This man’s best friend was the compass, the energy for life.
Only a year ago, he leapt through the woods with boundless energy, as graceful and confident as a buck, jumping over logs and rocks, tail high, eyes wide, panting and happy to be alive.
Now, as Calhoun lies on his cushion by the woodstove, his runs through the forest are over. Only a few days shy of 7 years old, my buddy is in his final hours on this earth. The vet will be here in two hours to put him down and out of his pain forever.
Cancer has eaten his bones. He has given up a noble fight. But his soul shines on. I can see it in his eyes.
He remembers as well as I do all of our adventures. The canoe rides on Nubanusit Lake. The daily morning jaunts. The long Saturday off-trail hauls. The walks up the road. The trips to the dump. The daily errands.
I Had My Doubts
Calhoun is my fourth dog as a grownup. First there was Carly, the beautiful brown golden retriever/Newfoundland mix I got in college. Then Brindle joined our pack, and was devastated when Carly died. So we got Pokey, an Australian shepherd to keep Brindle company. When they went on to the green pastures in the sky, we waited a few months, dogless, until my wife picked Calhoun out of a litter.
That day in 2007, Adine drove south from Madison, N.H., with my two sons to my office in Concord to show me our new dog, Calhoun. That was his given name. Calhoun was a rescue dog, supposedly from an abandoned litter in Kentucky.
I took one look at this lanky pup’s paws and knew that this was going to become a very large dog. I thought, “Oh no, honey. What have you gotten us into?”
I had my doubts whether Calhoun would work out. He chewed the furniture. He ate my money. He ran away. He was dumb about cars. He didn’t listen. He couldn’t be trained. He destroyed our screens. He ate too much and threw up. He growled at the kids when they went near his food. He needed therapy.
Adine would ask me, “Do you love him?”
My constant answer was a private joke to myself, always. I would say, “He’s not the dog I would’ve picked,” shaking my head. But every time, I would think to myself: “Oh yeah. I love this dog.”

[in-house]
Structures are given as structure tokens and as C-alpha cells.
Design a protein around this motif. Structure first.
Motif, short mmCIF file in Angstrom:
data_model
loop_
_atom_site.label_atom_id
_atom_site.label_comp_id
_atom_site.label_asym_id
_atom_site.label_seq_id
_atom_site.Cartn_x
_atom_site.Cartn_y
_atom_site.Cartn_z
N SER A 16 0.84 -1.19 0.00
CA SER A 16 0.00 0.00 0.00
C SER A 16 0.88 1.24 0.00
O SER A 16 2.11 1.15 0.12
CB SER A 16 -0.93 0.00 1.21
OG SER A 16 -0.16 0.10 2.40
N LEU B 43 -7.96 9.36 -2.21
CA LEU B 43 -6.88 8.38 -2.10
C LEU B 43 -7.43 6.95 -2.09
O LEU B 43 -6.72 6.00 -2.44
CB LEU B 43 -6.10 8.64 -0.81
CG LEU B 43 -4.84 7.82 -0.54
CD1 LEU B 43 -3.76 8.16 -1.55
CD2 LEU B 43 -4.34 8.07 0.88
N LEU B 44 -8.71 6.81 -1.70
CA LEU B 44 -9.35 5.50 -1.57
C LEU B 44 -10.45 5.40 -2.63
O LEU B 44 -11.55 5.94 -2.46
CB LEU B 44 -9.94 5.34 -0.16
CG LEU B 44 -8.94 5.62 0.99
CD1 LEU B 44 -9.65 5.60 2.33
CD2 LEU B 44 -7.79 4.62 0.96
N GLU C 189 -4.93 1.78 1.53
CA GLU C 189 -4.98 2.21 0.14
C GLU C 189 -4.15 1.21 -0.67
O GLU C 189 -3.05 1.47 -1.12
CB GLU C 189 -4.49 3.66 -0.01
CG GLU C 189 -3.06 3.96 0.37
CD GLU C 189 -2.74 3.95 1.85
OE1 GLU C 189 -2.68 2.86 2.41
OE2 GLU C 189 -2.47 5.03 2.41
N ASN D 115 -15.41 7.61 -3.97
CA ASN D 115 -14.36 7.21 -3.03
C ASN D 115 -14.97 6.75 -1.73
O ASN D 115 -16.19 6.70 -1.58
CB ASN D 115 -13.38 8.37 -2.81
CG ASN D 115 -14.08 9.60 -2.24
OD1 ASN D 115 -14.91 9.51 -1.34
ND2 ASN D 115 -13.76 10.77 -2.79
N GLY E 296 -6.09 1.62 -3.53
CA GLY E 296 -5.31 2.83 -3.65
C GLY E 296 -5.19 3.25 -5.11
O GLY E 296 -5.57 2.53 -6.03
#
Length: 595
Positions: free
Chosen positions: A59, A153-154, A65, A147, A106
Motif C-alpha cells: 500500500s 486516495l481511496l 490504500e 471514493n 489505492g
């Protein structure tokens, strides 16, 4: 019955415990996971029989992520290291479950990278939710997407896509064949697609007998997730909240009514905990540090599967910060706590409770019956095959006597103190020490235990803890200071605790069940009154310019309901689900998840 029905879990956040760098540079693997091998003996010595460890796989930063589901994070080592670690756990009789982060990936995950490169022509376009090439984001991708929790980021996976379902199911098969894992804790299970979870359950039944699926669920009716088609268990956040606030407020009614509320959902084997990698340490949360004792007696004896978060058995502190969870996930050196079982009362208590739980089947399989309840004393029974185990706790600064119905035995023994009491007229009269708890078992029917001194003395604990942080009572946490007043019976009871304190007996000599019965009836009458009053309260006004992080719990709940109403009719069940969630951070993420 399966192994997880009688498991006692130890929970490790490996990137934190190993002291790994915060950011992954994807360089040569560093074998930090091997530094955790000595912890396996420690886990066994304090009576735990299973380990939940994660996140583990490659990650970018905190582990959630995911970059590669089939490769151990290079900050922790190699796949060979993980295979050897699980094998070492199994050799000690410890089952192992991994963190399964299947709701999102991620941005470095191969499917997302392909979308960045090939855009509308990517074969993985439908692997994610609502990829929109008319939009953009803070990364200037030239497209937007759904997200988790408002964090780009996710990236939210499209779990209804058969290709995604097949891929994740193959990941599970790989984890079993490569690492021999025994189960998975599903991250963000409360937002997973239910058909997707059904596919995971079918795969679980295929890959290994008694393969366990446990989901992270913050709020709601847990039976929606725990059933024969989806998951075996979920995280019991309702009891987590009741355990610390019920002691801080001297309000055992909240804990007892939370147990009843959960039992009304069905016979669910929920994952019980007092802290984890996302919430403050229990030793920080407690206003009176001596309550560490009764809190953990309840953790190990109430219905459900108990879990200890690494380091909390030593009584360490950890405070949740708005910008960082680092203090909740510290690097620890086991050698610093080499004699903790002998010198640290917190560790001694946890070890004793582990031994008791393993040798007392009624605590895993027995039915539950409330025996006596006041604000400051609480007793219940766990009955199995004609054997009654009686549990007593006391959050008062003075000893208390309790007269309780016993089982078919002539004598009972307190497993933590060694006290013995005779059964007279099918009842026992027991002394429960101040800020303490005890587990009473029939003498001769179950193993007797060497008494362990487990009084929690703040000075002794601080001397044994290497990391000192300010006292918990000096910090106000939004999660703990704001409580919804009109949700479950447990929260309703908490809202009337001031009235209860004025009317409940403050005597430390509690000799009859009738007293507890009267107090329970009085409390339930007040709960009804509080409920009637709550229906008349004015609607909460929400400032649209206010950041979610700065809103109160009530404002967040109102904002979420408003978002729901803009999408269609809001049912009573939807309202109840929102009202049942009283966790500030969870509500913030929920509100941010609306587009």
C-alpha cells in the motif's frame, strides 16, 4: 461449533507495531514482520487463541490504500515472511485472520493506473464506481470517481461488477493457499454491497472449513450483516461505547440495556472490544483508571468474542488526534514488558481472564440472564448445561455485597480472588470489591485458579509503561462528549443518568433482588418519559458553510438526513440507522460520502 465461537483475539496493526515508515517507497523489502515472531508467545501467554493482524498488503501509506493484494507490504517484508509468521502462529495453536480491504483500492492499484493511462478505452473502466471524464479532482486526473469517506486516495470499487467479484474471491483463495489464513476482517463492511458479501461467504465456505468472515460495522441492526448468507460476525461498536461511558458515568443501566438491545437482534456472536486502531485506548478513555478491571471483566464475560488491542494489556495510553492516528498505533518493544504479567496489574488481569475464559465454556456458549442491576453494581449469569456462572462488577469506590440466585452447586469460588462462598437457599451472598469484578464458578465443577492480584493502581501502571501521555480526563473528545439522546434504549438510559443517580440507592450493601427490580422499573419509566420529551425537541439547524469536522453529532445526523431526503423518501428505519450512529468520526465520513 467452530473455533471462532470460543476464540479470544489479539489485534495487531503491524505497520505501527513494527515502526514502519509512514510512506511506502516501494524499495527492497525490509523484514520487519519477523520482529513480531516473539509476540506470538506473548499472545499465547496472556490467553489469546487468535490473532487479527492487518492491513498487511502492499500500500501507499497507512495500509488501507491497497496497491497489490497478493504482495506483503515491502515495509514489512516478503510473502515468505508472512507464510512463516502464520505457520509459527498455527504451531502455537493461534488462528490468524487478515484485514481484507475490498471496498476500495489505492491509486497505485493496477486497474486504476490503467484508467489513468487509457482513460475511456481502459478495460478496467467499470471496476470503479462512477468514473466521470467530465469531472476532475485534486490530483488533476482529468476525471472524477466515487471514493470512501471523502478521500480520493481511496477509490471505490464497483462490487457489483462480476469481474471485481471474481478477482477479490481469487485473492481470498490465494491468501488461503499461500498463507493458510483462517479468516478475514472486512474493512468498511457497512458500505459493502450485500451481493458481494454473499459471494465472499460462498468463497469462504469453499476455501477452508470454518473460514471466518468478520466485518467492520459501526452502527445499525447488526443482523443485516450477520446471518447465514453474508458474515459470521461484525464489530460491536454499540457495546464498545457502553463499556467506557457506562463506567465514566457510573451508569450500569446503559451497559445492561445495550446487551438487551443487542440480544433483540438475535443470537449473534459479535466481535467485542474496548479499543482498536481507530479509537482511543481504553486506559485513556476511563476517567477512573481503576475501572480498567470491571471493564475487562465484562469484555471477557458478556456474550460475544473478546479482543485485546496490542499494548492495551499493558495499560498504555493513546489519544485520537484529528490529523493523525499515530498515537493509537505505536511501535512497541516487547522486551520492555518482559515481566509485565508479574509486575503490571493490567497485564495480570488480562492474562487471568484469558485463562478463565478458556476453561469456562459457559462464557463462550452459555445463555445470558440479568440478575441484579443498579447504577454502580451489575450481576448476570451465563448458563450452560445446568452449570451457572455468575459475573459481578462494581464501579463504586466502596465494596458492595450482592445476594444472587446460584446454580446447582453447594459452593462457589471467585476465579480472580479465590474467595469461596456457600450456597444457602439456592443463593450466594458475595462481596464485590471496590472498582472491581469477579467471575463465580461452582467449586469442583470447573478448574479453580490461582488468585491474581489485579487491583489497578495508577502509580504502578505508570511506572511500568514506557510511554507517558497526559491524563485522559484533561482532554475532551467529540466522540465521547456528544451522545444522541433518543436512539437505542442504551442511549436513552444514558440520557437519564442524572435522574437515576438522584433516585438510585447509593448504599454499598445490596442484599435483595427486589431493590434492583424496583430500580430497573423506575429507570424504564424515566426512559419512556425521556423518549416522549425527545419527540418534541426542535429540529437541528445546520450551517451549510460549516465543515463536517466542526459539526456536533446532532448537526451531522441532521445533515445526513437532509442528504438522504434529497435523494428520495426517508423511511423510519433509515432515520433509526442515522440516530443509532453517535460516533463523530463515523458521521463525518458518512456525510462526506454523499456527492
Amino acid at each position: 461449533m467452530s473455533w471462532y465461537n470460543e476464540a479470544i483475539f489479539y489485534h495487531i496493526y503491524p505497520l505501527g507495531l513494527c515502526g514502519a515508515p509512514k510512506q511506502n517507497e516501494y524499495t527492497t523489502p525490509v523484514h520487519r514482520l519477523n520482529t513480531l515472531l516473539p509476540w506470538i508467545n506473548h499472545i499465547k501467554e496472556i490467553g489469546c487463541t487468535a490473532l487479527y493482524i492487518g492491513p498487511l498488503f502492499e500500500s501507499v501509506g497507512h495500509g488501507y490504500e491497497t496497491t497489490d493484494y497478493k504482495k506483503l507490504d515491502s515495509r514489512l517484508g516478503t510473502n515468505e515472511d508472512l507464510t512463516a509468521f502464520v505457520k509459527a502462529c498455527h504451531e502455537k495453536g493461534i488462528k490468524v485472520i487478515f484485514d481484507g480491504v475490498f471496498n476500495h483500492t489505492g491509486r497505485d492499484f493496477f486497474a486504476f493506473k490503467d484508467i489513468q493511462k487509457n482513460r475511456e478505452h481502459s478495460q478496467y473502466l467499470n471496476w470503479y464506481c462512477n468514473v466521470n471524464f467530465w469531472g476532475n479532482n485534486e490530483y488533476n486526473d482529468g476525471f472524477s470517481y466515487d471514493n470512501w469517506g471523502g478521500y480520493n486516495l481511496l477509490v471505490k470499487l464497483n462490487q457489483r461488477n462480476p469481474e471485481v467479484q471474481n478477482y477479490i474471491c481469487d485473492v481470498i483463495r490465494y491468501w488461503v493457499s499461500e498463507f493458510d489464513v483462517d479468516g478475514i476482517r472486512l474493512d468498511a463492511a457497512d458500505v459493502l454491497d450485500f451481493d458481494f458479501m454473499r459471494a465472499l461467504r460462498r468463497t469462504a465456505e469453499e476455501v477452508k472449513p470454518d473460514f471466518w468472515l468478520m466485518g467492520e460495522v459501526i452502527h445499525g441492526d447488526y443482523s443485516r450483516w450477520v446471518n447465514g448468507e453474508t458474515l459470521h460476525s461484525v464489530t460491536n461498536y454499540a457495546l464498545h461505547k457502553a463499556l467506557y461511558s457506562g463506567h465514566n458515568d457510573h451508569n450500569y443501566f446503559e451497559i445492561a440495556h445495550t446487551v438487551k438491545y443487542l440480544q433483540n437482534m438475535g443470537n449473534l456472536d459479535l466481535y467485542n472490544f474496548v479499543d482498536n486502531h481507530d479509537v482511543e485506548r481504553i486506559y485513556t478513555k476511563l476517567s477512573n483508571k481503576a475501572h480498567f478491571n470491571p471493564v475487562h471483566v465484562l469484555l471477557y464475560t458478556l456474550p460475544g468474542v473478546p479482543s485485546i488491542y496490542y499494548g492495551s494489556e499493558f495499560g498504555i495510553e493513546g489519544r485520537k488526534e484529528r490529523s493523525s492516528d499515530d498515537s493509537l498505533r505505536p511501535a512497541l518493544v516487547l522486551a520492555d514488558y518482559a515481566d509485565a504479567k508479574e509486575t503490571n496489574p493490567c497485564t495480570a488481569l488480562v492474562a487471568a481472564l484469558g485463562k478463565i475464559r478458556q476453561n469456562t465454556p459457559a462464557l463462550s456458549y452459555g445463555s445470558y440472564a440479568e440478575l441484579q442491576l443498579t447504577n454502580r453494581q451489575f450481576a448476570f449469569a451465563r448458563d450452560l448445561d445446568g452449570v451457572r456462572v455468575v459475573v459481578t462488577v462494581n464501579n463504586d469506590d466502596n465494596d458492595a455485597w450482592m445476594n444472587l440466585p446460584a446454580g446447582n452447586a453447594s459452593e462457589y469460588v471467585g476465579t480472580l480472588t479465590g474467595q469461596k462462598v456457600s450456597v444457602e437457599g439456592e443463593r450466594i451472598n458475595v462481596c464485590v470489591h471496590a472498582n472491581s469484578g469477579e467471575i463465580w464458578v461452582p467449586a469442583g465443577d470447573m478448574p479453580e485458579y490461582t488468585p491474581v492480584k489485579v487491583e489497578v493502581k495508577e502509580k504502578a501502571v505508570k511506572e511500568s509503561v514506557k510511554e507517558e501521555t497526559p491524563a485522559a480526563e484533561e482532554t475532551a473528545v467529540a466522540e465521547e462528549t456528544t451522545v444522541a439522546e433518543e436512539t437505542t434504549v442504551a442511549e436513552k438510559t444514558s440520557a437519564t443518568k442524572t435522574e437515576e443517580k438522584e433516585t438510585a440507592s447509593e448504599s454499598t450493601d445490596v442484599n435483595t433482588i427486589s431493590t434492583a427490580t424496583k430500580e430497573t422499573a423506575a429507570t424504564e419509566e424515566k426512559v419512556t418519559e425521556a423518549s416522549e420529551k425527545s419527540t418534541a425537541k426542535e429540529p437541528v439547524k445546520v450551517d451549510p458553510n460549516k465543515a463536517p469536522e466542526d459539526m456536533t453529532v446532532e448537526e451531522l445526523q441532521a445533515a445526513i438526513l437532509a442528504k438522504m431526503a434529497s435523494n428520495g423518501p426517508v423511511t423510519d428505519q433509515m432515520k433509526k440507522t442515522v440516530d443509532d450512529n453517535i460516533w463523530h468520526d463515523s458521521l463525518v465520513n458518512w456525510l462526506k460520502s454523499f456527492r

At some point, Adine caught on to my inside joke. She knew how strongly we had bonded.
The Trust Sets In
Working at home for the past four years, Calhoun and I were together all the time, 24/7, all year long. We were inseparable, like twins who do and think everything together. We even started to look alike.
While he was perfectly happy at home – proving his distinction as our first dog allowed on the couch – Calhoun was in his element in the woods.
I worried sometimes that he would be mistaken for a deer, and tried various orange vests and dog attire to prove his canine-ness. None of it fitted right or lasted long.
On our early jaunts, when Calhoun was a wandering adolescent, I didn’t trust him in the woods. I leashed him for a long time, which was positively unwieldy when we were bushwhacking off trails. But gradually, the trust set in among both of us.
I trusted Calhoun that he would always stay with me. And he did. And he trusted me that we would always go somewhere fun. And we did.
My Leader, My Compass
On those freestyle forest forays, I always thought I was leading the direction, even when there was no clear destination. Just me and Calhoun and the woods.
Over time I began to realize that Calhoun was leading me. He brought me to the woods. His energy drove mine. He was my leader, my compass. He kept me straight.
Now as Calhoun winds down his too-short life, I’ll always remember his wisdom, his strength, his boundless energy for life.
You taught me well, buddy. I’ll miss you.
Eric Aldrich writes from his home in Hancock.